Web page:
“Don’t be afraid of what you are about to suffer. Look, the Devil is about to throw some of you into prison to test you, and you will have tribulation for 10 days. Be faithful unto death, and I will give you the crown of life.” (Revelation 2:10)
Jesus said those words in His message to the church at Smyrna. The church there was poverty-stricken and had been faithful to God throughout their history.
This raises a question or two doesn’t it? To some, it’s the question that’s been around for a long time: Why do good people suffer? The more cynical folks phrase it rather differently: How could a good God let His people suffer? Their question masks an underlying belief that either God is not good, or God is not sovereign, or there is no God. But among those who are faithful, the question is an honest one, especially when they undergo intense suffering. Why does God allow this?
The stock answer, and the only real answer to the question, is: We don’t know. But the question does deserve some elaboration.
The fact of our suffering does not negate the sovereignty of God. Nor does it elevate the power of the Devil. Satan can only do what he is allowed to do by God. God’s sovereignty is at work in our suffering, at least in some manner. God allows our suffering to test (strengthen) our faith, much in the same way as He did with Job.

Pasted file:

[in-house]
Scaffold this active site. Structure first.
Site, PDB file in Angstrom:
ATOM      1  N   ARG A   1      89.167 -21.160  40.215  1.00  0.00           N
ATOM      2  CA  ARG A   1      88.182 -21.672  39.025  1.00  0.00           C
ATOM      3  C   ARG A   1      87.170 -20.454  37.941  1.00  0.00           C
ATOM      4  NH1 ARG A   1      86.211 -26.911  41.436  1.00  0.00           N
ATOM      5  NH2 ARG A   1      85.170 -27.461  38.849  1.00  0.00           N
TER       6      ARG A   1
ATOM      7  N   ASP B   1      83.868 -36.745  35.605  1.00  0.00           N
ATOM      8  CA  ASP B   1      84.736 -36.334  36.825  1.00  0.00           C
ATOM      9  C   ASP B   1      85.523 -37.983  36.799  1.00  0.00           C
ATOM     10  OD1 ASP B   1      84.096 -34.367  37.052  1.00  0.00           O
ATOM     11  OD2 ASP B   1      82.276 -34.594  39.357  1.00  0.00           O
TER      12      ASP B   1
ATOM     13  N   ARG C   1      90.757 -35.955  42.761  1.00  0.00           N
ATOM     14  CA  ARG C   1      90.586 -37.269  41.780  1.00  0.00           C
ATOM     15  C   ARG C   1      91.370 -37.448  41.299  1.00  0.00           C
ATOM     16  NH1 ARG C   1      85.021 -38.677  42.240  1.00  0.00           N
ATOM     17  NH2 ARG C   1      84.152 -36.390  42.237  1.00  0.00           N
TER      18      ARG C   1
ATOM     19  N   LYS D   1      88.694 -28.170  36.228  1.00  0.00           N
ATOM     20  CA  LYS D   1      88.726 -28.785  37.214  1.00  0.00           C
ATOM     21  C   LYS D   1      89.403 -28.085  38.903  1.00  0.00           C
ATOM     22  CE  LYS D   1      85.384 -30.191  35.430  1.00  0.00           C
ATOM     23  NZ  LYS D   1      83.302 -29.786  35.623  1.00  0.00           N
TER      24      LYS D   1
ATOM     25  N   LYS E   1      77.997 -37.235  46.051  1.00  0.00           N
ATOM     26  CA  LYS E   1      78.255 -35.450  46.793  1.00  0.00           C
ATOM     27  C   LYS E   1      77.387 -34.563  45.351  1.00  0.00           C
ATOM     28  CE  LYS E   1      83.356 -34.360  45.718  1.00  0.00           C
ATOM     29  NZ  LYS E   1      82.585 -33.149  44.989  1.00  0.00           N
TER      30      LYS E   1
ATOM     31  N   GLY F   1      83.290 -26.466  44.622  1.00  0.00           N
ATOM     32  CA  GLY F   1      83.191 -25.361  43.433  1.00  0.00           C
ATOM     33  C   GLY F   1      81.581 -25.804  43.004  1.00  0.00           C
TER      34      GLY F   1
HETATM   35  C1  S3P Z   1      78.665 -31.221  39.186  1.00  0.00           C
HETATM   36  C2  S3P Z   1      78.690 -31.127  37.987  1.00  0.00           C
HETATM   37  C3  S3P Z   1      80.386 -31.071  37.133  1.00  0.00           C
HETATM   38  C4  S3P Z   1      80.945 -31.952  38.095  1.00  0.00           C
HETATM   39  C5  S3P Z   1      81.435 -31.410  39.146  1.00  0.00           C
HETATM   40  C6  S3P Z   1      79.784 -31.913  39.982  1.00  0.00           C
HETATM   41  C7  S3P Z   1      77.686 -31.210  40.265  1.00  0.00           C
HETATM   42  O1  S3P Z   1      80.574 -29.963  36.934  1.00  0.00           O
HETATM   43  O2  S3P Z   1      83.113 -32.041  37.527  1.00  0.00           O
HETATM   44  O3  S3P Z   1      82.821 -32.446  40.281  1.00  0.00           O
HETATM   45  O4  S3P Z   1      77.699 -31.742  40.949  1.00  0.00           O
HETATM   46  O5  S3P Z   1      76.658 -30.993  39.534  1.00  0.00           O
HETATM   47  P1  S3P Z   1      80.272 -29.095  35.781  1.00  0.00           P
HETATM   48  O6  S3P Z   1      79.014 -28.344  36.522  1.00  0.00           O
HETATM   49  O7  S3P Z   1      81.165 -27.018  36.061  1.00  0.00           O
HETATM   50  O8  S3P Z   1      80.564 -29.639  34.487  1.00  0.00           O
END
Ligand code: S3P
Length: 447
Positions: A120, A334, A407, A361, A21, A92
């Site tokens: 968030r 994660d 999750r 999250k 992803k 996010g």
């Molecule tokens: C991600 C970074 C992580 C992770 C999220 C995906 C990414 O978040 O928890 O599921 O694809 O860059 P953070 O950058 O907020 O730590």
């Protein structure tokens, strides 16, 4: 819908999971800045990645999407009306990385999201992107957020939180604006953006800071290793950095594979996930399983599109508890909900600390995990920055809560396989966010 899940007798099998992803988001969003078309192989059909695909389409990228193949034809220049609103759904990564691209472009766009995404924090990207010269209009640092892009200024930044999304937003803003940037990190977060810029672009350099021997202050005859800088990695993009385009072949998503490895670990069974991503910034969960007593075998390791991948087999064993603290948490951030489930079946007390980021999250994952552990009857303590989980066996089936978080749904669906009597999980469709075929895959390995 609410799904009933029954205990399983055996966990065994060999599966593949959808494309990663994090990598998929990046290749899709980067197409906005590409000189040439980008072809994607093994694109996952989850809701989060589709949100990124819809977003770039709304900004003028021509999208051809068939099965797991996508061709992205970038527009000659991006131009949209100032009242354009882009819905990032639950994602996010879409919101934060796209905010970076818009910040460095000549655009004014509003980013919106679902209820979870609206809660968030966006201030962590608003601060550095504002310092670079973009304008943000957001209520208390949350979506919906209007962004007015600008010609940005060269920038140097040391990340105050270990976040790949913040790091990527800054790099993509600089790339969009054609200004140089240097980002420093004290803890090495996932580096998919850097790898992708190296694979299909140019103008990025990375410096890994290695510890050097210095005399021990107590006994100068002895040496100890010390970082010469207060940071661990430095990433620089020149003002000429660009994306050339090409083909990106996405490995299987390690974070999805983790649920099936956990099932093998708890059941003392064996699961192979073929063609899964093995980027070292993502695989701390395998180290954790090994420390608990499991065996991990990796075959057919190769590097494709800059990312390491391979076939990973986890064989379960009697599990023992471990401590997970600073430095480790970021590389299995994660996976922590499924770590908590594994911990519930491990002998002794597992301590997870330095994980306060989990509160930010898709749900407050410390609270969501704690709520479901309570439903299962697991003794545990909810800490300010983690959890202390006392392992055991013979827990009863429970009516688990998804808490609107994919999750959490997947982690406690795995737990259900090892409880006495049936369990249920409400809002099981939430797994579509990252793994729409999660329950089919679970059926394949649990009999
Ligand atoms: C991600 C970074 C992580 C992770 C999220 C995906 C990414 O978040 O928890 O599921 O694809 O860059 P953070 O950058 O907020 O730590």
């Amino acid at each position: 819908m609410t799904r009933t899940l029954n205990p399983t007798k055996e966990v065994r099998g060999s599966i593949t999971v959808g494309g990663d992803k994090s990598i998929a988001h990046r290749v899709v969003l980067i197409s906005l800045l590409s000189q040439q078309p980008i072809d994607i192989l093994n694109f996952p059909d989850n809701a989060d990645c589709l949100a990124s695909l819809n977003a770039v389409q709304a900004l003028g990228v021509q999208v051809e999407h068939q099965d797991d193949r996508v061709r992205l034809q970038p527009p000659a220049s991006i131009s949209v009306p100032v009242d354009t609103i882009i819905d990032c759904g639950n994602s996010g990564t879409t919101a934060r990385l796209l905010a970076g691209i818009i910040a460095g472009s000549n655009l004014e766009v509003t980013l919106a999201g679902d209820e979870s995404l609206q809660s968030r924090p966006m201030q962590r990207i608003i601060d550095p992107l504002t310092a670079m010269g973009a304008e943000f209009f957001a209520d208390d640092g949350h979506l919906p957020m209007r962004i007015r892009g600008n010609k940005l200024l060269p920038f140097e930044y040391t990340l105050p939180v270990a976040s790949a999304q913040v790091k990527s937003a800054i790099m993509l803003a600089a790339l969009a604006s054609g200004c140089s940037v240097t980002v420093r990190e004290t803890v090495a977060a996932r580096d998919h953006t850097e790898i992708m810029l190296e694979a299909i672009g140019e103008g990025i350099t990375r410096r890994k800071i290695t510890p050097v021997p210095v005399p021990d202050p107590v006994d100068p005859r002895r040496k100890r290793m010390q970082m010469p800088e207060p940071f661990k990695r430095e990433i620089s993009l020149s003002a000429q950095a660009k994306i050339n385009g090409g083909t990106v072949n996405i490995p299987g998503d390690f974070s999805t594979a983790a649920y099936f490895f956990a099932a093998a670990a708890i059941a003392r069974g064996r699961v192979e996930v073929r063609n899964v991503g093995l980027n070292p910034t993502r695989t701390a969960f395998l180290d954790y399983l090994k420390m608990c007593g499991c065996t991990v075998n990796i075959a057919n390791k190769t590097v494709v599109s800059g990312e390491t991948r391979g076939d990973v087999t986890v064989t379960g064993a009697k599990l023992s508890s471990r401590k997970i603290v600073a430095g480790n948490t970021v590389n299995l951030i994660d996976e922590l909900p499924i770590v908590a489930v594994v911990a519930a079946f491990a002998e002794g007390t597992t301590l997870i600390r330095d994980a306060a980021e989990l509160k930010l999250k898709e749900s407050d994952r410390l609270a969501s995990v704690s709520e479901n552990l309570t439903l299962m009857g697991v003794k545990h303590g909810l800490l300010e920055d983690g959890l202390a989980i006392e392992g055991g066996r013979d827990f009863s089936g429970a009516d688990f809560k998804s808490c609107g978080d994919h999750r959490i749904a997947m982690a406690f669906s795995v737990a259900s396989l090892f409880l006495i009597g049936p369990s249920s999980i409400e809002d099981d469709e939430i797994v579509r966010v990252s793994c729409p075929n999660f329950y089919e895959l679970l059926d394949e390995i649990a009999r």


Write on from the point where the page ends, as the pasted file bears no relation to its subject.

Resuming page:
Also, our suffering does not mean that God does not love us. Just the opposite, it proves that He does. The writer of Hebrews reminds us that if a father loves his son, he will discipline (teach) him because he wants his son to grow strong. A father who does not discipline his son does not love him.
We should further remember that suffering is only a temporary situation. It may not seem that way sometimes, but all situations do change. The suffering of the church at Smyrna was for “10 days,” which simply means, “for a brief time.” Their faithfulness through their suffering would in turn produce a positive witness about their love for God and their dedication to Him regardless of what comes their way, and that in turn would draw others to a faith like that.
Though this elaboration still does not fully answer the question, it does help point us to the reality that Paul understood. “And not only that, but we also rejoice in our afflictions, because we know that affliction produces endurance, endurance produces proven character, and proven character produces hope. This hope does not disappoint, because God’s love has been poured out in our hearts through the Holy Spirit who was given to us.” (Romans 5:3-5)
Let your suffering lead you to rejoicing.
Father, There is so much we do not understand, but we recognize that we do not always have to understand. Help us to simply be faithful and to rejoice for the ways You are going to use our difficulties to make us stronger. Amen.